I like to say I live with no regrets. I know that all these moments instruct us, not only in what we might do better next time, but also in learning how to forgive ourselves for a missed opportunity. It must also be said that I learned to forgive my mother for her part in creating that distance between us. I think now that much of my teen anger was over her endless disappointment in my unsaved soul. She always said she was simply hating the sin but still loving the sinner, but from where I sat, it simply felt like a very conditional love and that I was never quite good enough.
But these darker memories are also woven into my life. Like the Velveteen rabbit, some of these threads are still unravelling, becoming thinner and less binding. Some stitches have disappeared completely. Forgiveness for myself and for my mother have created a much softer fabric.
The only thing I can do is to keep stitching myself into place with new memories, connections and by creating art.
And isn’t this what travel does too? Part of being human is to follow paths and sacred trails of those who have gone before us. There is a humbling beauty in walking up ancient stone steps worn with deep grooves by the feet of our ancestors. There’s comfort in well-worn trails in the forest, in busy sidewalks, in finding quiet gardens to sit where countless others have sat. In this way, we tie ourselves into a world that is both chaotic and fragile. With each step that follows a previous path, for just a little while, we are safely quilted into place.
Perhaps what I miss, when I’ve been floating about in the world, is this particular little piece of the quilt that I can call my own. This blanket that currently resides in Sechelt. I’m looking forward to weaving myself back into place through hospice volunteering, writing, art, gardening, community, friends and family. A little dust settled over these patterns while I was away, but with every moment that I’m back, I’ll stitch new threads of connection until my faded quilt is brightened with fresh lines and markings from an engaged life.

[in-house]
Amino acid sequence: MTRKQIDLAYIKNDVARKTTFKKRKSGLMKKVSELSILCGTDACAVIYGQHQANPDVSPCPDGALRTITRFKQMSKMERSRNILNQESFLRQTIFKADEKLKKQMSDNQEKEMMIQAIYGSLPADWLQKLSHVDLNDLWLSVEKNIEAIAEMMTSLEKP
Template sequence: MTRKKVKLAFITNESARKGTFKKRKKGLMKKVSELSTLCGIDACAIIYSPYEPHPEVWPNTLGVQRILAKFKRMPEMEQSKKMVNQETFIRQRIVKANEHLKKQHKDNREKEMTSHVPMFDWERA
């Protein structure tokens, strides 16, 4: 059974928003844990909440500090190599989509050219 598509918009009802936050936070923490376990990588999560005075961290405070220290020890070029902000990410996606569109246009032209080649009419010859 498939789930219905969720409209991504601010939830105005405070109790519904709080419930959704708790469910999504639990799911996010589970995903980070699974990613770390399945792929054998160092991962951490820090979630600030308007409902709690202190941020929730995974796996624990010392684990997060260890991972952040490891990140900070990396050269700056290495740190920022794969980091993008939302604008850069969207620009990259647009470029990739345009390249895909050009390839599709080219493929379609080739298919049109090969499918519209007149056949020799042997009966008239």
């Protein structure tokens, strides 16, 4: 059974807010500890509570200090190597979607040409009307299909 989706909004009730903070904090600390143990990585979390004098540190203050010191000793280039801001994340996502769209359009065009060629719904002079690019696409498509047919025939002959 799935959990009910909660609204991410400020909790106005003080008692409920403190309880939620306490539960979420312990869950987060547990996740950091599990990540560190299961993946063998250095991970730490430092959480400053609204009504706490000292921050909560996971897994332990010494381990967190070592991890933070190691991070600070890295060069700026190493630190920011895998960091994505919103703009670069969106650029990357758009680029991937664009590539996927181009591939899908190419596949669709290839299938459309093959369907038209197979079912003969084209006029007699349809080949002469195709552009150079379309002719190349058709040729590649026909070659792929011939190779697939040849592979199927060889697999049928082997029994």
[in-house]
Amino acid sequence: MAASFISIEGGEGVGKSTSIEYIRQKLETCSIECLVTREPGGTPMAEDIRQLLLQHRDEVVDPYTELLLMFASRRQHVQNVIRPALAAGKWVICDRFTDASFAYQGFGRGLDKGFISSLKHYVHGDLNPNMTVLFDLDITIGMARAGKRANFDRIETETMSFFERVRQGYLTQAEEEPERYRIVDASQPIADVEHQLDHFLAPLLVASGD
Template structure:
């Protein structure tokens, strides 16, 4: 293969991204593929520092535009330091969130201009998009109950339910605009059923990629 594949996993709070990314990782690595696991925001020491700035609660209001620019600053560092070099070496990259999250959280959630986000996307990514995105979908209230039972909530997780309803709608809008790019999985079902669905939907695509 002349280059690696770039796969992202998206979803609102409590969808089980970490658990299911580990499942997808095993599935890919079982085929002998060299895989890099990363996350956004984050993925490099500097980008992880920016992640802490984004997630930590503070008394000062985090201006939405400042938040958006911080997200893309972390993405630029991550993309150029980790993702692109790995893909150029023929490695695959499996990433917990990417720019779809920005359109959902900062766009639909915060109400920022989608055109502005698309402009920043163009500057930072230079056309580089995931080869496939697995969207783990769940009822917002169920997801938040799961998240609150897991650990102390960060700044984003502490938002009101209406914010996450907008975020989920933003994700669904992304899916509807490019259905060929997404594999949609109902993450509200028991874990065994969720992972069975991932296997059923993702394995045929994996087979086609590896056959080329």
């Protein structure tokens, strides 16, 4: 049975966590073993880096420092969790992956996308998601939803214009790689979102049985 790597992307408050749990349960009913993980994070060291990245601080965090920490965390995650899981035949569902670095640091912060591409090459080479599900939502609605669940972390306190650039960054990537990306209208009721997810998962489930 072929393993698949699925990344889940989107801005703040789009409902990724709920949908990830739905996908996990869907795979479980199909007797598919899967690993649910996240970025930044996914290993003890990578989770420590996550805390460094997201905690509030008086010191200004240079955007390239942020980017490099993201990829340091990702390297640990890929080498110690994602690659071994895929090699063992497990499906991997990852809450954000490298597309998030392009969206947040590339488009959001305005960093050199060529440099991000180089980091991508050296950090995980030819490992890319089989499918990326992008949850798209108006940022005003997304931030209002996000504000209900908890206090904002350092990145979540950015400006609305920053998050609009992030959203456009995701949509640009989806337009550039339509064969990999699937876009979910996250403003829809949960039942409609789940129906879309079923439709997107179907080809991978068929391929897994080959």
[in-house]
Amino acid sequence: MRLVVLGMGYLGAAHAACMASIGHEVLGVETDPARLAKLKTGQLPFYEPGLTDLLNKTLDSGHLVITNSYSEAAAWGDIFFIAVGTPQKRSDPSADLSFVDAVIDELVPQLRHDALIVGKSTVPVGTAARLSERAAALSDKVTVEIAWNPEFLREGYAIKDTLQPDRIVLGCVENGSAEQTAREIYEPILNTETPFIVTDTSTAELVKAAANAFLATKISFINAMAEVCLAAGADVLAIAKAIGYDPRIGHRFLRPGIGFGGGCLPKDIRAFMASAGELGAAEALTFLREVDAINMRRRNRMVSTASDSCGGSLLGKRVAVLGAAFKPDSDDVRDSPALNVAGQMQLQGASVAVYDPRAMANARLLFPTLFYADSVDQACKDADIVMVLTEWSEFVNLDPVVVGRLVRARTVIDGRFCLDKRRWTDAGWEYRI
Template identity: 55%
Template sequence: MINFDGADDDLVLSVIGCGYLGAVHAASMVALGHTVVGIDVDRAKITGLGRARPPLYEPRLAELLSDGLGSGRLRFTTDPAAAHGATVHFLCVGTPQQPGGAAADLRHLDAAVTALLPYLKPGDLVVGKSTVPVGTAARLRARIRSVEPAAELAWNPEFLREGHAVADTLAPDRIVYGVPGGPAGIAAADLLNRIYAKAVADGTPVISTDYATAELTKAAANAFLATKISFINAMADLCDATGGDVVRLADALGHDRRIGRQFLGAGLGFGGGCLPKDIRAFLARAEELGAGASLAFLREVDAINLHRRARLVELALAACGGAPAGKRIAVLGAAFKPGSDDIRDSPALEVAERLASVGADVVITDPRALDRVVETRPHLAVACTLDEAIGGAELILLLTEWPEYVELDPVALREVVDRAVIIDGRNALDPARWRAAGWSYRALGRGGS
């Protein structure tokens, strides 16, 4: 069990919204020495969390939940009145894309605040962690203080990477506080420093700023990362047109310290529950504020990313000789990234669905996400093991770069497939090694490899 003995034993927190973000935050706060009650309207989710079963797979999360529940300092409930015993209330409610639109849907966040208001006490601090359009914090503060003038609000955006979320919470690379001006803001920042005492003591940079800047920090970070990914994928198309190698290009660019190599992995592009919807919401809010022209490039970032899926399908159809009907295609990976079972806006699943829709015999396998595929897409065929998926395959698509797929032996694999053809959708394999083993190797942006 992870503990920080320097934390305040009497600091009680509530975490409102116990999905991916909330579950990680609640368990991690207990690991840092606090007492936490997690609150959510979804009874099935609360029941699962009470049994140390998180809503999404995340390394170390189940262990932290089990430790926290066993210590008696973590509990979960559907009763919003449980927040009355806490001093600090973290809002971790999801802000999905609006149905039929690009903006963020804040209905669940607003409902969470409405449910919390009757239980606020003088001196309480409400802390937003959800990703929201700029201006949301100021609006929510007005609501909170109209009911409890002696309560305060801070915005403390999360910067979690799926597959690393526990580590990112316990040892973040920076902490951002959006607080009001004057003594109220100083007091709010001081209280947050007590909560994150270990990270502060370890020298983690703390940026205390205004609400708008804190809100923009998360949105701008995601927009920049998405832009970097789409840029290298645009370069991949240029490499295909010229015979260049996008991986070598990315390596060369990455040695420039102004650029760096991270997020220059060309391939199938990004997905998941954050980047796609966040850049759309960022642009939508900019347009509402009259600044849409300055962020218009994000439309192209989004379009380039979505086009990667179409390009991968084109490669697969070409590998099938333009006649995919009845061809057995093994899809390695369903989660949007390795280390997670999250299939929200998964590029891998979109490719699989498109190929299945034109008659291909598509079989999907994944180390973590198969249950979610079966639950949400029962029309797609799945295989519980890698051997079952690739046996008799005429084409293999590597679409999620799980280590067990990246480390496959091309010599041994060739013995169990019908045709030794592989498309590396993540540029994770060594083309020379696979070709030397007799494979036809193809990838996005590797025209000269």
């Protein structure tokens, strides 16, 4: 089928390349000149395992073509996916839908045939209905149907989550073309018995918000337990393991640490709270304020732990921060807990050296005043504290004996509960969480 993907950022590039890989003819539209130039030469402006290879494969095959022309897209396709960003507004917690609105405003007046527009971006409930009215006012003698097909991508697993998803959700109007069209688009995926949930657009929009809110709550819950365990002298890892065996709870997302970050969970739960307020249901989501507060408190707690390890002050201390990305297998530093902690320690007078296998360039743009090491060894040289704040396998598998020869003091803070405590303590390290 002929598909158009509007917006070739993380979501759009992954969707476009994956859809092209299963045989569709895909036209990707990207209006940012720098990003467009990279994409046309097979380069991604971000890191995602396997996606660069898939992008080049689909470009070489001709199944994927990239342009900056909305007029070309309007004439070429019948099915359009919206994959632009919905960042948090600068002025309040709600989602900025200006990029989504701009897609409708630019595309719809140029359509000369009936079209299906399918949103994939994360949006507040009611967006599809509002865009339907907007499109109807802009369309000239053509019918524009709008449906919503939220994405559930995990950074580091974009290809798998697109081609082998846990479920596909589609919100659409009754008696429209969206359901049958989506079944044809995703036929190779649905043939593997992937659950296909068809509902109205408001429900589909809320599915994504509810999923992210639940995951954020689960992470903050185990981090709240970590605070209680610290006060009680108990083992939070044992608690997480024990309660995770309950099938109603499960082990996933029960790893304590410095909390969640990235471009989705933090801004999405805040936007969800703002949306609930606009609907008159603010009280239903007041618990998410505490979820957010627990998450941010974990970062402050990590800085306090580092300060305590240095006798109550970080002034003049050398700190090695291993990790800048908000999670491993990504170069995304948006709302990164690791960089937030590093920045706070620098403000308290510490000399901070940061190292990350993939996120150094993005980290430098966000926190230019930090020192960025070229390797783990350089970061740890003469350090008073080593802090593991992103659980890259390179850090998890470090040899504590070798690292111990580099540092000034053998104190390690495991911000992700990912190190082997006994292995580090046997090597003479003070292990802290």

After all, it is this quilt that I will ultimately wrap myself in at the end of my life.
All of us are stitching our lives together, one moment at a time. Everything we experience becomes part of who we are. My quilt now includes felted tendrils of fog from off the Newfoundland shores of Trinity. It has French knots of Cape Breton fiddling. There are multiple crimson X’s from the laughter still echoing out of the Red Shoe Pub. There are indigo circles emanating from the deep sense of community found in the ceilidh at the hall in Mabou. There is that shockingly bright turquoise from the thrill of seeing icebergs and black smacks of colour from the whack of the whale’s tail in Bay Bulls.
It takes time to sit with all of this and to allow these new colours to reveal themselves. As much as I love to be out in the world, I always yearn to have time to be back here in my little corner, where I can regroup, reflect and tuck my ever-expanding comforter around me.
And Mom…even though we never made the actual quilt, my life’s blanket has incorporated all those hopeful bursts of colour. I know now that those bright pieces were cut in the shape of love.
We were both doing our best, and what more can we ask of anyone than that?
Besides, well-worn blankets are always softer and thicker wherever they’ve been mended.